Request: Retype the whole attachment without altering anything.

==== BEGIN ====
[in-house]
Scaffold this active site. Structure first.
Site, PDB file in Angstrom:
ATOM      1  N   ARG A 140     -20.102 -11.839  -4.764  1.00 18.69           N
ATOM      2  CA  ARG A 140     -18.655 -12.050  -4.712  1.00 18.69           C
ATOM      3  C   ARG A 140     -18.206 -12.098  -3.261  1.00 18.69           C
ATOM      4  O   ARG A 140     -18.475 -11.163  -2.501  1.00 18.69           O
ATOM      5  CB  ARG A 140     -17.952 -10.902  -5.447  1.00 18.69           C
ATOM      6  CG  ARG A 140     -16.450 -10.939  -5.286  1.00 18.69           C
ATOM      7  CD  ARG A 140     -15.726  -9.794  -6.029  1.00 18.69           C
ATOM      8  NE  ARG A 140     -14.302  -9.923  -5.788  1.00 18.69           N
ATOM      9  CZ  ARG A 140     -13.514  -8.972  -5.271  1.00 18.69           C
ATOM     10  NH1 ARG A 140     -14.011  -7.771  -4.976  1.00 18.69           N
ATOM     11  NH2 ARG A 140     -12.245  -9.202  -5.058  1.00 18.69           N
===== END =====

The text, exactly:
[in-house]
Scaffold this active site. Structure first.
Site, PDB file in Angstrom:
ATOM      1  N   ARG A 140     -20.102 -11.839  -4.764  1.00 18.69           N
ATOM      2  CA  ARG A 140     -18.655 -12.050  -4.712  1.00 18.69           C
ATOM      3  C   ARG A 140     -18.206 -12.098  -3.261  1.00 18.69           C
ATOM      4  O   ARG A 140     -18.475 -11.163  -2.501  1.00 18.69           O
ATOM      5  CB  ARG A 140     -17.952 -10.902  -5.447  1.00 18.69           C
ATOM      6  CG  ARG A 140     -16.450 -10.939  -5.286  1.00 18.69           C
ATOM      7  CD  ARG A 140     -15.726  -9.794  -6.029  1.00 18.69           C
ATOM      8  NE  ARG A 140     -14.302  -9.923  -5.788  1.00 18.69           N
ATOM      9  CZ  ARG A 140     -13.514  -8.972  -5.271  1.00 18.69           C
ATOM     10  NH1 ARG A 140     -14.011  -7.771  -4.976  1.00 18.69           N
ATOM     11  NH2 ARG A 140     -12.245  -9.202  -5.058  1.00 18.69           N